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Year : 2015  |  Volume : 5  |  Issue : 1  |  Page : 9-16

The assessment of an in-vitro model for evaluating the role of PARP in ethanol-mediated hepatotoxicity

1 Department of Environmental and Occupational Health, College of Public Health, Tampa, Florida, USA
2 Department of Pathology and Cell Biology, Morsani College of Medicine, Tampa, Florida, USA
3 College of Nursing, University of South Florida, Tampa, Florida, USA

Correspondence Address:
R D Harbison
Department of Environmental and Occupational Health, College of Public Health, University of South Florida, Tampa, Florida - 33612
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Source of Support: None, Conflict of Interest: None

DOI: 10.4103/2229-5151.152300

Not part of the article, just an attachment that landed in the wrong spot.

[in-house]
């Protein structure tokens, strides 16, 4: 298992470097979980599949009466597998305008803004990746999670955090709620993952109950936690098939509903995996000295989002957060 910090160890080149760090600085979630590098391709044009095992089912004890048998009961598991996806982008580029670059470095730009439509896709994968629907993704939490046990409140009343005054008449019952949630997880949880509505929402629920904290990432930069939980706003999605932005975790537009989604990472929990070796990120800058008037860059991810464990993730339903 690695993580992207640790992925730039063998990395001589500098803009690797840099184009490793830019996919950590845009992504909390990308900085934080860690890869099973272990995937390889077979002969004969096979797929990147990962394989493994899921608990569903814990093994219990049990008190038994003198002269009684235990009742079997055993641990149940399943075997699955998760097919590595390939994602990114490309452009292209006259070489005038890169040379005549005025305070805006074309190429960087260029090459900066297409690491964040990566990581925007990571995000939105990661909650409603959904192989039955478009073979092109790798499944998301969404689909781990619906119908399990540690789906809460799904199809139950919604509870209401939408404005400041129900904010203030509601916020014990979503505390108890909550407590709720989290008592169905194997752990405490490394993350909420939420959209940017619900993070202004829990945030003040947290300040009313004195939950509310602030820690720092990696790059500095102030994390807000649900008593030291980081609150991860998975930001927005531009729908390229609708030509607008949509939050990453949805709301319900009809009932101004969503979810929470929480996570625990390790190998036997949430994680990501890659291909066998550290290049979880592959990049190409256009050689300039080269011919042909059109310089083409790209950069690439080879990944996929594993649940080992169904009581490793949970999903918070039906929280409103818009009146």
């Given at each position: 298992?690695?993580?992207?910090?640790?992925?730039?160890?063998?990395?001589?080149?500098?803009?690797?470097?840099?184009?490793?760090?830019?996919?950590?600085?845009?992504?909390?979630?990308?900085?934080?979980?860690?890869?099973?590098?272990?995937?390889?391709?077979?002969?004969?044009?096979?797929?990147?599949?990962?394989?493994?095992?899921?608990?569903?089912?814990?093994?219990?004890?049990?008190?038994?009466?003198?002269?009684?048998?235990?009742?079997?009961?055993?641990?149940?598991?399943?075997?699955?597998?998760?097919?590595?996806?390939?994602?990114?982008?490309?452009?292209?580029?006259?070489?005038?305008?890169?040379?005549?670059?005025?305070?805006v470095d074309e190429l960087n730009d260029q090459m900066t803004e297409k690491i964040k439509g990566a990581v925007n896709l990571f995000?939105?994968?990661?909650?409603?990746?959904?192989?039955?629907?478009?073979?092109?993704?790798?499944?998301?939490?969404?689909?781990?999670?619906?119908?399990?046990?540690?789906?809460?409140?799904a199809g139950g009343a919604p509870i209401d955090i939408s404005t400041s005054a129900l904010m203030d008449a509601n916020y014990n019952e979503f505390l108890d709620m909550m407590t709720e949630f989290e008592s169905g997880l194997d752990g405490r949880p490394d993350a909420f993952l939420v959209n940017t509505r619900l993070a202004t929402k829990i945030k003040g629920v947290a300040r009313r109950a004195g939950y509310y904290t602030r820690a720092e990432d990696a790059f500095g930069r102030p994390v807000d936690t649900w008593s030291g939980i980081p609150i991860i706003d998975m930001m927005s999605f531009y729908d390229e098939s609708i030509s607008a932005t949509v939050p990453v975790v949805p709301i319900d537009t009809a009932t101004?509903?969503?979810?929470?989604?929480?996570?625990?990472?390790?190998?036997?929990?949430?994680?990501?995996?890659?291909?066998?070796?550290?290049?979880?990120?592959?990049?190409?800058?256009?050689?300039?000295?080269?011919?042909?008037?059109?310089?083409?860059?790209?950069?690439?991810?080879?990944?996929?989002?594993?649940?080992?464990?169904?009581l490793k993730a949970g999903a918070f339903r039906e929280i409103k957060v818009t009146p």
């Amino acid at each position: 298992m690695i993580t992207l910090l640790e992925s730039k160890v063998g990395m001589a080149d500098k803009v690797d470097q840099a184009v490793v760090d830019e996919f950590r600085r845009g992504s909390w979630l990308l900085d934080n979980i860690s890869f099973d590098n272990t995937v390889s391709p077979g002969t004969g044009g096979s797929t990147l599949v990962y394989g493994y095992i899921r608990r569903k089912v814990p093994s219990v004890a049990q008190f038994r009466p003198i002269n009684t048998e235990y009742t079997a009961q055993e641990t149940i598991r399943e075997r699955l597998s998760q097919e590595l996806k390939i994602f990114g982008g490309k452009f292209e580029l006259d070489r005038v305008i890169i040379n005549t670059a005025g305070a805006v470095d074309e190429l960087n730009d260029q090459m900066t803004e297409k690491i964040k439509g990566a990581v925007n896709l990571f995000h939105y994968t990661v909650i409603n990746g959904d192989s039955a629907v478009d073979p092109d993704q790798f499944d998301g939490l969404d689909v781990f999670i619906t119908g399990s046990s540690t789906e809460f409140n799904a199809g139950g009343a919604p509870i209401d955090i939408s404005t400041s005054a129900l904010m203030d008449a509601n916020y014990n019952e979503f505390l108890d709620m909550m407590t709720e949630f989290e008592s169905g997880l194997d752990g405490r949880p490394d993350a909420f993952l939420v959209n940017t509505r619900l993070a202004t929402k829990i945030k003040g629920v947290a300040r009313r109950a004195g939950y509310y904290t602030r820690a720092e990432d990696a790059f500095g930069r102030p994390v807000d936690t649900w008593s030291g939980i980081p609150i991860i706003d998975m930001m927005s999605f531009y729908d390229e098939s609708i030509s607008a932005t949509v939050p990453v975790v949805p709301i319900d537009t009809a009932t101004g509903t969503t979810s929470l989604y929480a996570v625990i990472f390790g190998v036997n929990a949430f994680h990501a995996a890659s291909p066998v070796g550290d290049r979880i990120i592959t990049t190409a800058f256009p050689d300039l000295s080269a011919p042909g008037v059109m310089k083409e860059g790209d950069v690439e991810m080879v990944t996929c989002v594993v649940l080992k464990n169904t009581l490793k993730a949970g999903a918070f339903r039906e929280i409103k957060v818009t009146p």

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This investigation aims to assess whether the hepatocellular carcinoma cell line, HepG2, is an appropriate model to assess the role of poly (ADP-ribose) polymerase (PARP) during acute ethanol toxicosis. HepG2 cells were dosed with graded concentrations of ethanol, ranging from 100 mM to 800 mM, for 6 hours to assess PARP activity induction, while another parallel experiment examined cellular damage via medium aspartate aminotransferase activity and cellular viability via MTT reduction. Aspartate aminotransferase activity was significantly elevated at 600 mM ethanol (FOLD; P < 0.01), with further increases at the 800 mM dose (1.43 fold; P < 0.001), compared to controls. Cellular viability was not significantly decreased compared to controls among all dose groups. PARP activity measured in total cell lysates showed a significant decreasing trend with respect to ethanol dose, reaching statistical significance at the 100 mM dose group (P < 0.05). Paradoxically, exposure to 50 μM etoposide (Positive apoptosis-inducing control) did not demonstrate significant PARP activity ablation. When analyzing PARP activity observation temporally, a significant correlation (R΂ =0.5314) was observed between activity and assay sequence. Overall, a clear HepG2 insensitivity to ethanol was observed.

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